Saturday, September 25, 2010

Paper: Ozone 2-3 times more important than CO2

From the annals of The (one & only) incontrovertible, settled science where the evidence is growing stronger every day about climate destruction from CO2 pollution, comes the publication today of a paper in the Journal of the American Meteorological Association finding that it is ozone depletion, not CO2, that was the dominant "main driver" or "forcing" parameter of the second half of the 20th century southern hemisphere climate. Meanwhile, the IPCC maintains with > 90% 'confidence' a.k.a. 'false consensus' that it is CO2 which is responsible for 97% of all positive forcing of climate. Is the IPCC the real 'denier' that CO2 is a bit player at most?

Stratospheric ozone depletion: the main driver of 20th Century atmospheric circulation changes in the Southern Hemisphere

Authors: Lorenzo M. Polvani, Darryn W. Waugh, Gustavo J. P. Correa, Seok-Woo Son

Abstract: The importance of stratospheric ozone depletion on the atmospheric circulation of the troposphere is studied with an atmospheric general circulation model, the Community Atmospheric Model, version 3 (CAM3), for the second half of the 20th century. In particular, the relative importance of ozone depletion is contrasted with that of increased greenhouse gases and accompanying sea surface temperature changes. By specifying ozone and greenhouse gas forcings independently, and performing long, time-slice integrations, it is shown that the impacts of ozone depletion are roughly two to three times larger than those associated with increased greenhouse gases, for the Southern Hemisphere tropospheric summer circulation. The formation of the ozone hole is shown to affect not only the polar tropopause and the latitudinal position of the midlatitude jet: it extends to the entire hemisphere, resulting in a broadening of the Hadley cell and a poleward extension of the subtropical dry zones. The CAM3 results are compared to and found to be in excellent agreement with those of the multi-model means of the recent Coupled Model Intercomparison Project (CMIP3) and Chemistry-Climate Model Validation (CCMVal2) simulations. This study, therefore, yields a direct attribution of most Southern Hemisphere tropospheric circulation changes, in the second half of the 20th century, to stratospheric ozone depletion.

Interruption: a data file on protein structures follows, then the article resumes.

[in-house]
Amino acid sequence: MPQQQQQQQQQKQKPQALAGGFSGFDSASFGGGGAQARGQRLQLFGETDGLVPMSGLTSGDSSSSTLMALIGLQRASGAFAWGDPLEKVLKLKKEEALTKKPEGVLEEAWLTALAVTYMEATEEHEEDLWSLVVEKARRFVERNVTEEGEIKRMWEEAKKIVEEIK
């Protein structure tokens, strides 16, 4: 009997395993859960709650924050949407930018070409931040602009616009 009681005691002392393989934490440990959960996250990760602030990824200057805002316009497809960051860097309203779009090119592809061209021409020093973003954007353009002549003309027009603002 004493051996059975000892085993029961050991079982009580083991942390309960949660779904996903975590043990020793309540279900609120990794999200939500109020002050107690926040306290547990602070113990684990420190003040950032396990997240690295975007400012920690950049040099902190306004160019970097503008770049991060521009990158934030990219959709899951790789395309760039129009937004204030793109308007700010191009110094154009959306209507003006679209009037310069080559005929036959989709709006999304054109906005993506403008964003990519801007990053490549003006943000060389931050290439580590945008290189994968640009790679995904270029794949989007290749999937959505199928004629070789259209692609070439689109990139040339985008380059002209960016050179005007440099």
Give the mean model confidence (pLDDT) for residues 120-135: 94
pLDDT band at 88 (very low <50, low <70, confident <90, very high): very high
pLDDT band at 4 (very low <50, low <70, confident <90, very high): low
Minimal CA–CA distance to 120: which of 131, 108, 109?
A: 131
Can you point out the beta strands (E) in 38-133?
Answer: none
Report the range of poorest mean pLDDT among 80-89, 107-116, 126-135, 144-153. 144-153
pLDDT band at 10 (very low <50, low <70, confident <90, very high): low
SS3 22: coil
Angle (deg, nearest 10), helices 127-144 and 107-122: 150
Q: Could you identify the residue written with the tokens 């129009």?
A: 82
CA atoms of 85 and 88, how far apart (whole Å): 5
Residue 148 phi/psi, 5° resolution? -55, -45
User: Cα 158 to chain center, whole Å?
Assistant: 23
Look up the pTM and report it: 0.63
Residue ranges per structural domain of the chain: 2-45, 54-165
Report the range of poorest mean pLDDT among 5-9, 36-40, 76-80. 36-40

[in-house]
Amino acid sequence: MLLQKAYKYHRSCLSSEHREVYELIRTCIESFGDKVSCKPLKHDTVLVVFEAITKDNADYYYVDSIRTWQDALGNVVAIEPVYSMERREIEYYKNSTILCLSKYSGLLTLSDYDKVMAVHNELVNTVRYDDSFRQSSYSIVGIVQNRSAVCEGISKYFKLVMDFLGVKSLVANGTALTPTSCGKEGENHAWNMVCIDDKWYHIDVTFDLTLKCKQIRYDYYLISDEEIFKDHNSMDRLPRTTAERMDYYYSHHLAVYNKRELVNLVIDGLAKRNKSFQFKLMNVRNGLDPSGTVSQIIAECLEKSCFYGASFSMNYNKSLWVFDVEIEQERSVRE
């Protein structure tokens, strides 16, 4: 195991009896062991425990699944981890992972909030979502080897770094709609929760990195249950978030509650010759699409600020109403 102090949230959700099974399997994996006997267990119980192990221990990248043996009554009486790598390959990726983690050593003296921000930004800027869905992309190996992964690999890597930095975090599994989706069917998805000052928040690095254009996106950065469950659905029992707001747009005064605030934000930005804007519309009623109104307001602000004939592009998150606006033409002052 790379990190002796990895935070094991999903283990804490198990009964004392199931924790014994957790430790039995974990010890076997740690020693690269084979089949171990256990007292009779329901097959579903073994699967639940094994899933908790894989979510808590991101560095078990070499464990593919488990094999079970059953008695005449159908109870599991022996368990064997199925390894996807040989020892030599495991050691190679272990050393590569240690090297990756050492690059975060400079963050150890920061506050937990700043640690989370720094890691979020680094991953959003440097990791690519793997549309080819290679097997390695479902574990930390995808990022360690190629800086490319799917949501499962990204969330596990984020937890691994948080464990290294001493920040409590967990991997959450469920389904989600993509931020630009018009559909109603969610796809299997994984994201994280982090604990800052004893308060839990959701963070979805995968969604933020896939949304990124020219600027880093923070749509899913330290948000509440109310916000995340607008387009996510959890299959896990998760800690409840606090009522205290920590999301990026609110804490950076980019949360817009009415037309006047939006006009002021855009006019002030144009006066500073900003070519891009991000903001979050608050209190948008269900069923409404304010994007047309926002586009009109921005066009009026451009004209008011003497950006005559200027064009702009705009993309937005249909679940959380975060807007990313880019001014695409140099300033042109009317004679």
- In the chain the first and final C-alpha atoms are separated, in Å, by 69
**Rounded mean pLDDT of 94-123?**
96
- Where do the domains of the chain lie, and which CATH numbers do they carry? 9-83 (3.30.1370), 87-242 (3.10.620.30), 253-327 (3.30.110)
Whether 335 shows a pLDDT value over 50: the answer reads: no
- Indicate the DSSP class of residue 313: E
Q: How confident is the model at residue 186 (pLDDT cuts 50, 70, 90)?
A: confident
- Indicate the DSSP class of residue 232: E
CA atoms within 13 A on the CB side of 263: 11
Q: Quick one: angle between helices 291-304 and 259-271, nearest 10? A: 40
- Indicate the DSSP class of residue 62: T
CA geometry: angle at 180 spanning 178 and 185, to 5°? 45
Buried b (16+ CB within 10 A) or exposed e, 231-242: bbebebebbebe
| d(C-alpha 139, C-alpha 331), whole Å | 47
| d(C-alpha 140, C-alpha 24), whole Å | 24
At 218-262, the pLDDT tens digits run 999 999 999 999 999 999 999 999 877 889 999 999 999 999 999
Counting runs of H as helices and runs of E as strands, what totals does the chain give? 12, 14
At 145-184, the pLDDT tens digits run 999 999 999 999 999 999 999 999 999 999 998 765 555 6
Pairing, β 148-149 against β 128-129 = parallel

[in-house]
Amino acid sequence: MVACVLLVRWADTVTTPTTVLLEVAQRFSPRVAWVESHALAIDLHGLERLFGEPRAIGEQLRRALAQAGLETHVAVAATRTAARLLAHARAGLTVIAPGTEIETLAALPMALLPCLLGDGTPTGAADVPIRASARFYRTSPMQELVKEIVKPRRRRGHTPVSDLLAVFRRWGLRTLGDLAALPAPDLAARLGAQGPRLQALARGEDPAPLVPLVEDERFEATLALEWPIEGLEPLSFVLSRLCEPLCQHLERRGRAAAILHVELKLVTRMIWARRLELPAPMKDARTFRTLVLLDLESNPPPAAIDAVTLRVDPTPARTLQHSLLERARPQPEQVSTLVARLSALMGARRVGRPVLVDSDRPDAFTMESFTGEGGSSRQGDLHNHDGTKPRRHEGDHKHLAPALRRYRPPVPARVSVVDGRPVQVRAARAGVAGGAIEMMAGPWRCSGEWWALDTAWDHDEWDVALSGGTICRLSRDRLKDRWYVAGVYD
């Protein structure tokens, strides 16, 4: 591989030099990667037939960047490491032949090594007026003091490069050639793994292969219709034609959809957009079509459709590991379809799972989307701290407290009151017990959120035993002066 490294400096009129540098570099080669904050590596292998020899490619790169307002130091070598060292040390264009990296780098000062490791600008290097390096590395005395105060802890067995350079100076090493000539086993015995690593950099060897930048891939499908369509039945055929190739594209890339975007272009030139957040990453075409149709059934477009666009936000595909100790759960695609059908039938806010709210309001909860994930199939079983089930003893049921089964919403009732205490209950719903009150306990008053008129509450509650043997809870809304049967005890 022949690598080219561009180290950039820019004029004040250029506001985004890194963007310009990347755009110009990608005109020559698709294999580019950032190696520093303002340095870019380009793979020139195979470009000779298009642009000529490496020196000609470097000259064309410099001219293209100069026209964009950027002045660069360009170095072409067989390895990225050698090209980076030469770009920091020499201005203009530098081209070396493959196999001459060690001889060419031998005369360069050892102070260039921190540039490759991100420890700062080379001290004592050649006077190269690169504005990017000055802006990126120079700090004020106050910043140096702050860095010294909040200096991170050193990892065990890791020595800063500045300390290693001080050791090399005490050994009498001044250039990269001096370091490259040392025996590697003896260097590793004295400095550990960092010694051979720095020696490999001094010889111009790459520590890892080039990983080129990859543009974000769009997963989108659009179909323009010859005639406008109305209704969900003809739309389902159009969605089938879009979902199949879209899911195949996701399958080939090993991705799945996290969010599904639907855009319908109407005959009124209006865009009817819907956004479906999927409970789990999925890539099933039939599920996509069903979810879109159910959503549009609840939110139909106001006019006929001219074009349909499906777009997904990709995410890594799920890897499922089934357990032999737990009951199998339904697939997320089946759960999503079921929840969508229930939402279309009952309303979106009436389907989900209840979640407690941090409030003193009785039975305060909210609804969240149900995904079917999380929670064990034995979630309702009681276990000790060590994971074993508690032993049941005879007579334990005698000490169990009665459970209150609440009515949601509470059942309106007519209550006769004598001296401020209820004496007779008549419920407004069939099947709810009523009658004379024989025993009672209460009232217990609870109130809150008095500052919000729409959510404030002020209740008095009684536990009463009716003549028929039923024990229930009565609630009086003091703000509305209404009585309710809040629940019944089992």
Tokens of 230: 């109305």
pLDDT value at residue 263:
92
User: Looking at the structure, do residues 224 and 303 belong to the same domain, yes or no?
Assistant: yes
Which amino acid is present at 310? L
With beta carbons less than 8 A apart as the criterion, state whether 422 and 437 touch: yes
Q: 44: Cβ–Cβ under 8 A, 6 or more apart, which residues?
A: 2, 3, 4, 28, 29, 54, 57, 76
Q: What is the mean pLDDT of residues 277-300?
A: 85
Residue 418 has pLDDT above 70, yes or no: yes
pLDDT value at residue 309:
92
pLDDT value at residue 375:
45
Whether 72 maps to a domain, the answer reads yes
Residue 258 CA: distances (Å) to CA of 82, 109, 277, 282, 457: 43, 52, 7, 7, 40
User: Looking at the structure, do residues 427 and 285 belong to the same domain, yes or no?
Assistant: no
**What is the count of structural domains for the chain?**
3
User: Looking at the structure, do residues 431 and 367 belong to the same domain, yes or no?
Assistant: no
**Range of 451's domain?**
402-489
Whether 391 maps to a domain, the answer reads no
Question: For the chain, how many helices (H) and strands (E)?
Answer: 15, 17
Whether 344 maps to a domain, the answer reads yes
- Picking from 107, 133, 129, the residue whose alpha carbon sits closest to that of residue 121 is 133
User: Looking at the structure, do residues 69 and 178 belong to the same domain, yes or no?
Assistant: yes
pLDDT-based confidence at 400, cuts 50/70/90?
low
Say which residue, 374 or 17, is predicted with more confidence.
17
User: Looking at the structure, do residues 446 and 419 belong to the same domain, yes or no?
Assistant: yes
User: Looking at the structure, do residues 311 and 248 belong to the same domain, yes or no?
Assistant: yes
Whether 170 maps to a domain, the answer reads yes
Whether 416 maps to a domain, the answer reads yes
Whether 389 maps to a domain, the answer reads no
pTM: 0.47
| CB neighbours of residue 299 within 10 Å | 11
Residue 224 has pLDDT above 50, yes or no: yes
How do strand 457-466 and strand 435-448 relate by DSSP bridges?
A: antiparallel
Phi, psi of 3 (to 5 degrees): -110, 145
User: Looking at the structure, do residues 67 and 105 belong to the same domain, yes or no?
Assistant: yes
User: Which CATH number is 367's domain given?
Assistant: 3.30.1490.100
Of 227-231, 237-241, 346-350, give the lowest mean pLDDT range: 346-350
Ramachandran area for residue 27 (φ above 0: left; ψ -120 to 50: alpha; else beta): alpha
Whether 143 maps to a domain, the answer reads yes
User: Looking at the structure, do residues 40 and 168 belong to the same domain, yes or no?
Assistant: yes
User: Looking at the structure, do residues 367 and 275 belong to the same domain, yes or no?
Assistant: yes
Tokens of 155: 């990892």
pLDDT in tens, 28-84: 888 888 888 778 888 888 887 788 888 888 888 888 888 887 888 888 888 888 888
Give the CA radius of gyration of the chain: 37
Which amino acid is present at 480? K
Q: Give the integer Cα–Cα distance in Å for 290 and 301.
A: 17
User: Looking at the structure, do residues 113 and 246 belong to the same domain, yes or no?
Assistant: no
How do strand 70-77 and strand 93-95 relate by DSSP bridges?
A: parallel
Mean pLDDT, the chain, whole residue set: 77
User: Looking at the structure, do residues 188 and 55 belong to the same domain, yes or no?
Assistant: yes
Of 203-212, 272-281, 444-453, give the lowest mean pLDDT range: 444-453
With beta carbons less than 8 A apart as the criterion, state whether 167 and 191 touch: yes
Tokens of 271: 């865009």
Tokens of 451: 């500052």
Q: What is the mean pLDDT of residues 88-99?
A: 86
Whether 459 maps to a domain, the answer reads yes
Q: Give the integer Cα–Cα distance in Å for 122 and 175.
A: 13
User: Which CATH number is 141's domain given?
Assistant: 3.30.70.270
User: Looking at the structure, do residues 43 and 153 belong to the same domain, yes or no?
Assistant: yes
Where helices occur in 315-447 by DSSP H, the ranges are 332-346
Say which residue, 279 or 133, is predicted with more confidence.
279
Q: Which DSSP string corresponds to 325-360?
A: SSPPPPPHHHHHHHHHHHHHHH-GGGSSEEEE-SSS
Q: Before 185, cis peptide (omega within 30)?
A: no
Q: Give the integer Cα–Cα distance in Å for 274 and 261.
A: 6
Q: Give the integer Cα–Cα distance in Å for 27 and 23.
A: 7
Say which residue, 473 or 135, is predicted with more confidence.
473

1. Don't ozone holes occur naturally? I mean, the ozone is no fragile thing.

  2. Yes, solar UV activity is the primary factor controlling atmospheric ozone.